Introduction: Treatment of acute myeloid leukemia (AML) has remained largely unchanged for several decades despite the emergence of new agents. Long-term survival for patients aged >60 years is less than 10% (median survival 10.5 months). Targeting the proteasome in treating AML is attractive, since leukemia stem cells have demonstrated sensitivity to proteasome inhibition, perhaps through down regulation of nuclear NF-KB (Guzman, Blood 2001). Preclinical studies in leukemia cell lines revealed synergistic cytotoxicity when bortezomib, a proteasome inhibitor, was combined with the standard agents daunorubicin and cytarabine. We have shown that adding bortezomib to standard treatment in AML results in a high remission rate, although neurotoxicity was noted among treated patients, 12% grade 3 sensory (Attar, …, Amrein, et al. Clin Cancer Res 2008, Attar, … Amrein, J Clin Oncol 2012). The next generation proteasome inhibitor, ixazomib, which is less frequently associated with neurotoxicity, was therefore selected for combination with conventional chemotherapy in this phase I trial. The primary objective was to determine the maximum tolerated dose (MTD) in the combination, initially in induction, and then in combination with consolidation in a subsequent portion of the overall study. We report here the results of the induction portion of the study, which has been completed.
Methods: Adults >60 years of age with newly diagnosed AML were screened for eligibility. Patients with secondary AML were eligible, including those with prior hypomethylating agent therapy for myelodysplastic syndromes (MDS). We excluded those with promyelocytic leukemia. The induction treatment consisted of the following: cytarabine 100 mg/m2/day by continuous IV infusion, Days 1-7; daunorubicin 60 mg/m2/day IV, Days 1, 2, 3; ixazomib orally at the cohort dose, Days 2, 5, 9, and 12
A standard 3 + 3 patient cohort dose escalation design was used to determine whether the dose of ixazomib could be safely escalated in 3 cohorts (1.5 mg/day, 2.3 mg/day, 3.0 mg/day), initially in induction and subsequently in consolidation. The dose of 3.0 mg/day was the maximum planned for this study. The determined MTD of ixazomib in the first portion of the trial would be used during induction in the second portion, which seeks to test dose escalation of ixazomib during consolidation. Secondary objectives included rate of complete remission and disease-free survival.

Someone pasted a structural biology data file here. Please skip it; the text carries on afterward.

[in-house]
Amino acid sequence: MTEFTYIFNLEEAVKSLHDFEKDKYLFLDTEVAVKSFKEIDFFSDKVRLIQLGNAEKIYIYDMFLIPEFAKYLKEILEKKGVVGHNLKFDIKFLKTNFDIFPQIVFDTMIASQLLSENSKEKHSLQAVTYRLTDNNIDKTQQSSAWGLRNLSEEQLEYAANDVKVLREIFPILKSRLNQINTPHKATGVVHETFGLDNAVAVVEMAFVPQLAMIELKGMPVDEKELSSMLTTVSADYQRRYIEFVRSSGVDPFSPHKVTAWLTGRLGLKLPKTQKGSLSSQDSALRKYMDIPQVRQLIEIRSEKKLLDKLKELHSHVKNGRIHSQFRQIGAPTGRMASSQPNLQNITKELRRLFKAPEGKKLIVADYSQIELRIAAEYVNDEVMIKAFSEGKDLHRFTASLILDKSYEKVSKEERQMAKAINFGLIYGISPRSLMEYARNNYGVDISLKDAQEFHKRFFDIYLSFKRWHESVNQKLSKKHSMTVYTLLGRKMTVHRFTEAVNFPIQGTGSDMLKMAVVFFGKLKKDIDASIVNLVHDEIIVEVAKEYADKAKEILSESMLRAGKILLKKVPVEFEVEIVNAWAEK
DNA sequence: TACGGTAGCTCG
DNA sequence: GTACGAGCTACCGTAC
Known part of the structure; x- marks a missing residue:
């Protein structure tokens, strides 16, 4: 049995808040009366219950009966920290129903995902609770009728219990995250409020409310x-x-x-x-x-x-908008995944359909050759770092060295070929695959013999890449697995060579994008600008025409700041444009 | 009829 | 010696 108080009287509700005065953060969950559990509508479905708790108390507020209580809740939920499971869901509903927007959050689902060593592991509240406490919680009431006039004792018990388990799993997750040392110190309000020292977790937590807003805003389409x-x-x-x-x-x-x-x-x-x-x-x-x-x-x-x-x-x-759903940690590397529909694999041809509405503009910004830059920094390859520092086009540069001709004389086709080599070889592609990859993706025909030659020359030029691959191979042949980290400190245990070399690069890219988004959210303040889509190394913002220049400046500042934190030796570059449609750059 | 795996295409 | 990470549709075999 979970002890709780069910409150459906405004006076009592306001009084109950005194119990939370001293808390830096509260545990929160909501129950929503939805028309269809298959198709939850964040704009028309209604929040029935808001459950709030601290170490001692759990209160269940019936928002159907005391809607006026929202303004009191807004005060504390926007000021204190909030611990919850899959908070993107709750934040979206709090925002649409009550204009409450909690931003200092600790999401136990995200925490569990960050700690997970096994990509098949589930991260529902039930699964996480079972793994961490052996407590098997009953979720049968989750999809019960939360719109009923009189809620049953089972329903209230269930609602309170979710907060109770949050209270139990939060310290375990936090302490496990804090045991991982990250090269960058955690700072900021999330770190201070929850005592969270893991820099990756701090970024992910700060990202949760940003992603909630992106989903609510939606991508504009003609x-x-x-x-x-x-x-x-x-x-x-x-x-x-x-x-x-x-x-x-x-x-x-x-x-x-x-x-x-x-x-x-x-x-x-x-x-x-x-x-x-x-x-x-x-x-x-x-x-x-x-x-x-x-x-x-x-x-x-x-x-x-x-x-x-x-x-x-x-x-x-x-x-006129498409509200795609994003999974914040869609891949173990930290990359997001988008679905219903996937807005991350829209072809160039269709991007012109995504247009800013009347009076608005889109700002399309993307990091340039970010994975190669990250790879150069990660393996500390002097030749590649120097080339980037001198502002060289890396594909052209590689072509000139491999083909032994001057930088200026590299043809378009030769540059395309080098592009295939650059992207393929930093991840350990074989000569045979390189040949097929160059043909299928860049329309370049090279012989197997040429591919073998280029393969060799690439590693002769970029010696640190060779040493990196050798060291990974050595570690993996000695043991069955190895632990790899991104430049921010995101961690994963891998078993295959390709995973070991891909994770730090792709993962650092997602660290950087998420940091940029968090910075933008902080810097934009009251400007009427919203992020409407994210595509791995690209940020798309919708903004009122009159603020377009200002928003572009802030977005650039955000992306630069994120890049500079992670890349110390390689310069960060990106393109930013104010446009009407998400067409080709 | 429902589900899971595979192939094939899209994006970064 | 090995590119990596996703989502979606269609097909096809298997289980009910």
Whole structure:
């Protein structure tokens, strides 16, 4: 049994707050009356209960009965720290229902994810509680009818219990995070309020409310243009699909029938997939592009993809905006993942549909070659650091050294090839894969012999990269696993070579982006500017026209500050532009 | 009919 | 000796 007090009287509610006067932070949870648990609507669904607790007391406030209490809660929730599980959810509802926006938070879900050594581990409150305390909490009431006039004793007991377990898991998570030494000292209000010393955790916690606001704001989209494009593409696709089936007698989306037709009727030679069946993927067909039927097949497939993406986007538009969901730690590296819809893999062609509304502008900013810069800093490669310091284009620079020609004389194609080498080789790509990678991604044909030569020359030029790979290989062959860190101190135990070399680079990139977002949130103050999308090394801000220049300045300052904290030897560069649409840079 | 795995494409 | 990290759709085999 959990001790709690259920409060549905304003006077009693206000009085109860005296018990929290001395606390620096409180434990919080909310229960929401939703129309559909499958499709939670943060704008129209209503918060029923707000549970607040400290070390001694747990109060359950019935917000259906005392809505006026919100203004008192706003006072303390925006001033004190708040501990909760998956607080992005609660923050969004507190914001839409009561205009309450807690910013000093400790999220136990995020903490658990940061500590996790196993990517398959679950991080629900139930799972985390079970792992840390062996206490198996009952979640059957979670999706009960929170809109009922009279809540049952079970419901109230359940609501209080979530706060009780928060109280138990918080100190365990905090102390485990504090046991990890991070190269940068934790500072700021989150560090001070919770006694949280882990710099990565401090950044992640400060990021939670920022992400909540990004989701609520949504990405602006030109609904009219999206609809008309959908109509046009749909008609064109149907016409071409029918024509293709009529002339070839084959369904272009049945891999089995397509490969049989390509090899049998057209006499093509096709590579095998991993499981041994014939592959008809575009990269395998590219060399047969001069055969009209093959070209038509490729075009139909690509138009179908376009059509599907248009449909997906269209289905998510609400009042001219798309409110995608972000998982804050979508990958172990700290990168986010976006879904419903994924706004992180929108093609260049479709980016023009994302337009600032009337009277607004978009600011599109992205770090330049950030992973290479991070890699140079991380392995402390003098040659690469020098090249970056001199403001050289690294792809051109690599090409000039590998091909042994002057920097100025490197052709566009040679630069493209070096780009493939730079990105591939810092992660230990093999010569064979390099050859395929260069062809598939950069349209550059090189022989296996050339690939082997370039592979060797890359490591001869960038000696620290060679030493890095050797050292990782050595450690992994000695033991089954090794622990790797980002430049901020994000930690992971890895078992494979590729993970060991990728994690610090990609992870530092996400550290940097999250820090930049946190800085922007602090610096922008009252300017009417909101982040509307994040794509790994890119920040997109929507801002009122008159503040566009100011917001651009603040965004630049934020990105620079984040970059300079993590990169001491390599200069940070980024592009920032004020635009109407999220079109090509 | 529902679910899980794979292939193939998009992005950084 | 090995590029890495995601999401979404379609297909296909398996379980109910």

Results: Fourteen patients have been analyzed for toxicity and activity during the induction portion of the study. There were 4 (28%) patients with either secondary AML or treatment related AML, 9 (64%) were male, and the median age was 67 years (range 62-80 years). There have been no grade 5 toxicities due to study drug. Three patients died early due to leukemia, 2 of which were replaced for assessment of the MTD. Nearly all the grade 3 and 4 toxicities were hematologic (Table). There was 1 DLT (grade 3 thrombocytopenia) indicated at the highest dose level. There has been no neurotoxicity with ixazomib to date. Among the 14 patients, there have been 10 complete remissions (CR's) and 1 CRi for a remission rate of 79%.
Conclusions: The highest dose level planned for this portion of the trial, 3.0 mg of ixazomib, was reached with 1 DLT and is the recommended dose for induction in the next portion of this study, which will seek to determine a safe ixazomib dose in combination with conventional consolidation therapy. That no neurotoxicity was encountered was reassuring, and the remission rate in this older adult population is favorable.
Amrein:Takeda: Research Funding. Attar:Agios: Employment, Equity Ownership. Brunner:Takeda: Research Funding; Novartis: Research Funding; Celgene: Consultancy, Research Funding. Fathi:Celgene: Consultancy, Honoraria, Research Funding; Boston Biomedical: Consultancy, Honoraria; Astellas: Honoraria; Agios: Honoraria, Research Funding; Jazz: Honoraria; Seattle Genetics: Consultancy, Honoraria; Takeda: Consultancy, Honoraria.
Asterisk with author names denotes non-ASH members.